The Maykazine

Overthinking so you don't have to.

#storyofmyasianwomanlife.com

I was standing in line at Trader Joe’s, fully grubbed out Sunday-evening style. Seriously, I was wearing harem pants that I have worn thrice this week, an overwashed tee that I should really just throw out, and a Seattle University fleece that I pulled on just before dashing out the door. Had you seen me, you might have said, “You might want to look into…muumuus.”

I’m not often standing in line at Trader Joe’s. The grocery shopping is something Bill does much, much better than me, evidenced by my ignorance and lack of confidence in getting the right kind of ground turkey for his weekly sausage making. (Huh huh.) I didn’t mind it, then, that the fifteen items-or-less line was moving at a snail’s pace. The more time in line, the more of a chance I’d get a thumbs-up or down on the trays of meat I found for Bill.

The super sunburned White guy in front of me was clearly perturbed. At first I just noticed him for his huffing and puffing. Then his flat-brimmed A’s hat, embossed with embroidered Japanese characters running down the right side. Then I noticed him because his lobster red arms were outstretched before me, presenting me with an empty TJ’s basket.

“Oh, thanks,” I said. “But I’m ok. I’ve got my bags already.” I had purposefully neglected picking up a basket for my TJ’s shopping because I only needed to grab three items. TJ’s on a Sunday night is a gladiator arena, so I just threw everything into my totes and headed straight for checkout.

“Well, this way,” he said, “You can put all your stuff into the basket on the floor instead of holding onto it forever. This line is taking forever.”

Okay, fine. “All right, thanks,” I said. I threw my two packed bags into the basket.

“And! You can scoot it with your foot.” He scoots his basket with his foot.

“That’s true. Thanks.”

The line moves forward so he scoots his basket and moves forward. Now that there’s space, I scoot my basket and move forward.

But it was not enough. He turns back, “Here, go like this with your foot.” He scoots his basket in demonstration.

I half-audibly sigh and scoot my basket all of two inches, because there’s no place to scoot it. I had already scooted it all it could scoot. “Thanks.”

I start checking my phone aimlessly.

“Are you from Berkeley?”

GODDAMMIT WE ALL KNOW WHERE THIS IS GOING. But still, I give him the benefit of the doubt – maybe everyone from Berkeley scoots their baskets – and answer, “No.”

“Where are you from?”

“Fremont.”

“Oh, all that maple syrup must be nice.”

“Oh, no, I’m from Fremont, not Vermont.”

“Oh, okay, I thought you said Vermont.”

“No, that would be cool, though. Not much of anything comes out of Fremont” – except for lots of ENGINEERS! Kidding. We chuckle a bit. I must’ve jumped to conclusions on this one. He really is just making small talk.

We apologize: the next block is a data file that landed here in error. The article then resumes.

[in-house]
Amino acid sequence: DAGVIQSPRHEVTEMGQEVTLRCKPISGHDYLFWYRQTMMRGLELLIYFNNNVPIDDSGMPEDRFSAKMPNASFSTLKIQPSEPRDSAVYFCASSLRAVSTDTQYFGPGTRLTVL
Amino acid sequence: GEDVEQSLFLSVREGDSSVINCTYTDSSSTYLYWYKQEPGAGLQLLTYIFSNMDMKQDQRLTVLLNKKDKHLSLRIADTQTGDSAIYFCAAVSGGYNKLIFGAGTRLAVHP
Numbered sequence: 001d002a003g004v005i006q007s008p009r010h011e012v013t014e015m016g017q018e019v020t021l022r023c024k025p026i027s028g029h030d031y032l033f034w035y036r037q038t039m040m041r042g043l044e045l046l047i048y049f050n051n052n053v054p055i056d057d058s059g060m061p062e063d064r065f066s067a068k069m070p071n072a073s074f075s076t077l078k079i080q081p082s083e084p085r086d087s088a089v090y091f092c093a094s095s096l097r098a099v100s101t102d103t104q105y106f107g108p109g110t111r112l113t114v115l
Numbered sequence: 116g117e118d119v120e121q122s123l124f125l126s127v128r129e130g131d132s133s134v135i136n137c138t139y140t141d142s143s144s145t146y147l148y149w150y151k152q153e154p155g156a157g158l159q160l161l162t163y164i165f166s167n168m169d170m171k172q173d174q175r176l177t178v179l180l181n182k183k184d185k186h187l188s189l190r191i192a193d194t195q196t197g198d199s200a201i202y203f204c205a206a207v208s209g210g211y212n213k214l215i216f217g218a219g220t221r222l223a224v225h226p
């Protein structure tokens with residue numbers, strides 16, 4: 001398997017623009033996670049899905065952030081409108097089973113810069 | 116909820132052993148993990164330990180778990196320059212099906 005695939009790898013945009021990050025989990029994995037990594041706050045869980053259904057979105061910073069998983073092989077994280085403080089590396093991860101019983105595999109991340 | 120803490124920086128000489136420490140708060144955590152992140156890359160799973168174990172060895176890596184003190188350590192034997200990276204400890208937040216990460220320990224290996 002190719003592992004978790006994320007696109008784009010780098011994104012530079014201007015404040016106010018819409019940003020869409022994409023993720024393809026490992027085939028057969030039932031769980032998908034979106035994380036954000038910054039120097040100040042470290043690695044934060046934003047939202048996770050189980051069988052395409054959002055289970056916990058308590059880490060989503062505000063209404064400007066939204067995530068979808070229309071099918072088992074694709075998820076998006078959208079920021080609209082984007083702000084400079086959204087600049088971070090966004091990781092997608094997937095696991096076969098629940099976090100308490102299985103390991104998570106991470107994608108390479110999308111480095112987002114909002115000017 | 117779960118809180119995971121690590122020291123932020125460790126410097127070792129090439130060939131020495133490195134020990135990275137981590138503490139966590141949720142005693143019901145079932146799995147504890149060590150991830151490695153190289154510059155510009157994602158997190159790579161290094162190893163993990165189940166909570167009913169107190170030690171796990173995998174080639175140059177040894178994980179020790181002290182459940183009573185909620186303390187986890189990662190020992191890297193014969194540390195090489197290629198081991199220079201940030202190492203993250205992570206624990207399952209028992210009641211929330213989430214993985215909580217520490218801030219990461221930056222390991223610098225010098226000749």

“What about before Fremont?”

“What?”

“Where were you before Fremont?”

Deadpanface: “I was born and raised in Fremont.”

“And what about before then?”

“What?” Did you just ask me where I am from before I was born? Because that is getting into some heavily philosophical shit.

“What about where your parents are from?”

“My parents are from China.”

“Oh.”

I give a minimal pursing of the lips to acknowledge “Glad you heard me.” Then I go back to looking at my phone.

“Both of them?”

Why, what does it matter, and what do you intend to do with this information?

… “Yes.”

I’m looking at my phone, but then he keeps looking at me, and the angel and devil on my shoulders are debating my next move. Finally, I decide to continue talking. When else will I see this guy? How many other Asian girls will he corner at the grocery store?

Pointedly over-exuberantly: “Where are your parents from?”

He breaks eye contact and looks off into the distance. His sunburn grows redder. I’m looking back at my phone again, and he mumbles something that sounds like “Tents.”

“What?”

“Texas.”

In a tone not even feigning disinterest because I really am disinterested, “Oh, okay.”

“I was born in Portland, Oregon, but I was raised in Austin, Texas.”

Half-assed: “Cool.” Phone.

Lo and behold, Bill texts me back that the ground meat I got isn’t the type that goes with his stomach. Saved by the ringtone!

“Oop, gotta go.”

“What? What happened?” he asks, as if we were in the middle of some life-altering conversation.

“Got the wrong food. Thanks for the basket!” I’ll give him that much, having all your shit in one basket makes for a cleaner getaway, too. I hoist my loot and head back to the meats.

Reason #249 why I don’t do the grocery shopping.

*

And now, the obligatory #storyofmyasianwomanlife.com YouTube embed of 2013:

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2 comments on “#storyofmyasianwomanlife.com

  1. rbjello
    8 September 2013

    Totally the story of my life when I was in Paris. Saying that you’re American isn’t good enough… they don’t believe me and keep pushing. Finally, I just say China.

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This entry was posted on 8 September 2013 by in culture, fleeting thoughts, life and tagged , .
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